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“Love Is Patient, Love Is Kind” Bible Verse Analysis

Updated on March 17, 2017
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Justin Aptaker graduated from the University of Tennessee with a major in psychology and a minor in comparative religious studies.

The "Love is Patient, Love is Kind" Bible Verse

1 Corinthians 13:4 - 8; 13

(NIV) Love is patient, love is kind. It does not envy, it does not boast, it is not proud. It does not dishonor others, it is not self-seeking, it is not easily angered, it keeps no record of wrongs. Love does not delight in evil but rejoices with the truth. It always protects, always trusts, always hopes, always perseveres. Love never fails. . . And now these three remain: faith, hope and love. But the greatest of these is love. Commentary below.

(KJV) "4Charity suffereth long, and is kind; charity envieth not; charity vaunteth not itself, is not puffed up, 5Doth not behave itself unseemly, seeketh not her own, is not easily provoked, thinketh no evil; 6Rejoiceth not in iniquity, but rejoiceth in the truth; 7Beareth all things, believeth all things, hopeth all things, endureth all things. 8Charity never faileth..." Commentary below.

1 Corinthians 13:4-8, the so-called 1 Corinthians "Love Verse", is a scripture passage with both immense popularity and even greater importance. It sums up everything most important in life and spirituality. It tells us how we must be toward our fellow human, and at the same time reveals God’s nature towards every person, because “God is love. Whoever lives in love lives in God, and God in them” (1 John 4:16). As the verses before this passage reveal, it does not matter in the least what we do in life, or what “spiritual gifts” we might possess, if we do not have love. Without love, everything we do will amount to utter meaninglessness. Therefore, it is necessary that we understand, to the best of our abilities, what is meant by “love”. To that end, I will analyze certain parts of this passage, focusing particularly on key words as they were in the original Greek.

Ancient Greek pottery, depicting the emotion and touch associated with deep affection.
Ancient Greek pottery, depicting the emotion and touch associated with deep affection. | Source

Love, in Every Sense of the Word

The word translated “love” is “ἀγάπη” (agape), which in the New Testament documents seems to refer to a particularly powerful love which leads to actions and sacrifice on the behalf of others. I have, sadly, heard certain Christians try to relegate the meaning of this word to having an “action only” sort of connotation, removing feelings from it entirely. I’ve heard this done in an attempt to explain how we can possibly love our enemies, as the New Testament enjoins us to. This is a terrible mistake. The word “agape” comes from a verb (agapao) which, when directed towards humans, absolutely carries a sense of strong emotion and affection. It can even be translated as “to caress”. When we are told to love our enemies, it does not mean that we are to do good to them out of a mere sense of moral obligation. Indeed, we are to love them in every deep sense of that word, heart, mind, and soul. If one (such as myself) feels unable to perform such a feat, the only suggestion I may offer is that one seek God, who is the source of such love.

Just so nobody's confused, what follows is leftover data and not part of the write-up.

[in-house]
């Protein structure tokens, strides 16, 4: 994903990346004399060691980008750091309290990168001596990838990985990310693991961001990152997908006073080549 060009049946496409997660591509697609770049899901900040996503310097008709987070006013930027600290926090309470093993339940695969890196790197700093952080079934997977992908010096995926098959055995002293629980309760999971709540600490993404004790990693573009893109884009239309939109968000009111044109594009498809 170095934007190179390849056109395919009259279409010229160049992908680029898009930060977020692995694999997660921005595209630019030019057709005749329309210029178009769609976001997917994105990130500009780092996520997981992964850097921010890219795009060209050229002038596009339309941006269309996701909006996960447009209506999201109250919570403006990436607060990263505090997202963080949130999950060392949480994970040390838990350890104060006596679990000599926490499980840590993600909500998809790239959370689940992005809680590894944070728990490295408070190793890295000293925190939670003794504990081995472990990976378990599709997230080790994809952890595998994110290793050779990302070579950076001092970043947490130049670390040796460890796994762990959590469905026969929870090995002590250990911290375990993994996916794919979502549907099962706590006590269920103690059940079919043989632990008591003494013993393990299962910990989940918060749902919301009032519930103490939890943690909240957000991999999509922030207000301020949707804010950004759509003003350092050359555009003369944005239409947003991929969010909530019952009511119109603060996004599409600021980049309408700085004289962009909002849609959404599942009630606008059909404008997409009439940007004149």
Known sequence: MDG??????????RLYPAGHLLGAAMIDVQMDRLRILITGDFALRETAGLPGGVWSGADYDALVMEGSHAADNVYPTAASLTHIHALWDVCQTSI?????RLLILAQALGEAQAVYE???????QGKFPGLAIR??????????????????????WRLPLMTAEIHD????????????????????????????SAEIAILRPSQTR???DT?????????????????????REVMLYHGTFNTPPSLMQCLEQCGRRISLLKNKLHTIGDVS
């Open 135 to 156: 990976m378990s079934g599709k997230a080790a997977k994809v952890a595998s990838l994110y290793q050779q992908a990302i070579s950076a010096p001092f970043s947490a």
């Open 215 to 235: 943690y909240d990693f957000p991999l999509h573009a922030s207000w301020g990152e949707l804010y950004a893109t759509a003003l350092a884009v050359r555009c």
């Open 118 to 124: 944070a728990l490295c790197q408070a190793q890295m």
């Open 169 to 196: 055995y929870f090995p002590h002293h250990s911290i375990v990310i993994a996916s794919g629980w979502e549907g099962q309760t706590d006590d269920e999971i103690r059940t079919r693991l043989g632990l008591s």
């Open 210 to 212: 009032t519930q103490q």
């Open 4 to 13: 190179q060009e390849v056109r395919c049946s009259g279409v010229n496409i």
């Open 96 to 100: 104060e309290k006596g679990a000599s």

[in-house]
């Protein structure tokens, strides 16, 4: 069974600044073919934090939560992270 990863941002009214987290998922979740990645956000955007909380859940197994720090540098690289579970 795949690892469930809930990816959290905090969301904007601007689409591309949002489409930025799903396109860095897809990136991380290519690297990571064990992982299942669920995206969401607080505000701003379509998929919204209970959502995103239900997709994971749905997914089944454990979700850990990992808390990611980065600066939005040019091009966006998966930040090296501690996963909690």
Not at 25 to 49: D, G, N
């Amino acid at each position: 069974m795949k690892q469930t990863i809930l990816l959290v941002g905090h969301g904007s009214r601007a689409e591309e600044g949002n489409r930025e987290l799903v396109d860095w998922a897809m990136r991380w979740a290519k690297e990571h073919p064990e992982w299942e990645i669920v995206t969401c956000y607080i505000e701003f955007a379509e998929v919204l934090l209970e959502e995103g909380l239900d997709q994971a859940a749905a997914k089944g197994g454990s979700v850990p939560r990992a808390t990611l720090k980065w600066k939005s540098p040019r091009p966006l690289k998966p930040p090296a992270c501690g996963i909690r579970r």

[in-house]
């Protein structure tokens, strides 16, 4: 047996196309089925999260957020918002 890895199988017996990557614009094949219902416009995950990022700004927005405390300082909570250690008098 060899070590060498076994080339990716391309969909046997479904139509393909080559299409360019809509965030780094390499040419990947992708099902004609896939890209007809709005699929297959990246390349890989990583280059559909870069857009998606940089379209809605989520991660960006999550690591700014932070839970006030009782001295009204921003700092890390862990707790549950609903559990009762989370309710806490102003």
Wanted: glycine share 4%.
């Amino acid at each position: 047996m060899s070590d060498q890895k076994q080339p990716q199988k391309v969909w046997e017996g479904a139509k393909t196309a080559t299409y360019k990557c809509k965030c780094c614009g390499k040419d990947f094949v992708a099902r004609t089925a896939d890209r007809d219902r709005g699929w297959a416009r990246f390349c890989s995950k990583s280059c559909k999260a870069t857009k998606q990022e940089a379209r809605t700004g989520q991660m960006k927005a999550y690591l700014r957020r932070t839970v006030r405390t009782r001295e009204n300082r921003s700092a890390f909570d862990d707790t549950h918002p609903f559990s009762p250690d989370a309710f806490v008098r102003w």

I Corinthians 13:4-8: The Greek

Click on the block of Greek text above to enlarge.
Click on the block of Greek text above to enlarge.

Love is Patient

“Patient”, in verse four, is a translation of “μακροθυμεῖ” (Macrothumei), which is the third-person active form of a verb. I point this out, not just to flaunt my knowledge of Greek--although Love “vaunteth not itself”, I, unfortunately, have been known to vaunt--but for a reason: this entire passage, in the Greek, refers to what Love does, rather than what it is. It is impossible to describe what God (Love) is, as God is infinite and our words are finite. In fact, it is impossible to describe what anyone “is”, as any person’s subjective experience is essentially infinite as well, and is not the mere confluence of a finite set of external variables which we can identify and label. It is, however, possible to say what God (Love) does. God, like anyone else, is best known and understood by what He does. So the passage says “love patients (verb)”, which is nonsense in English, but makes beautiful sense in Greek.

Further examined, “patient” (Macrothumei”) can be broken down as follows: “Macro-” (“long”) + “thumos” (“heart/soul”). So literally, it means “to long-heart (verb)”. The Greek “thumos” can refer to the soul or spirit in the sense of one’s very life/essence. To take away “thumos” then, can mean to take away life. “Thumos” also refers to the “heart”, as both the seat of the emotions and of the will. Finally, “thumos” can mean the mind, as the seat of cognition (thoughts). So when we get to the root of “being patient”, we see that it involves a commitment of all one’s life/essence, emotions, will, and thoughts. This is the kind of gut-wrenching, life-giving “patience” that God does to all people, and that we must, therefore, show one another. Love, it would seem, does nothing half-heartedly.

Giving alms to beggar children.
Giving alms to beggar children. | Source

Love is Kind

We continue to "love is kind". This is a translation of the Greek “χρηστεύεται(chresteuetai), another active verb. It comes from the adjective “chrestos”, which in turn comes from another verb, “chrao”. “Chrao” means “to furnish/provide what is needful”. What a beautiful description of what God does for us, and expects us to do for each other. The adjective “chrestos” means “serviceable” or “useful”. When applied to people, it also means any or all of the following: good, honest, trustworthy, and kind.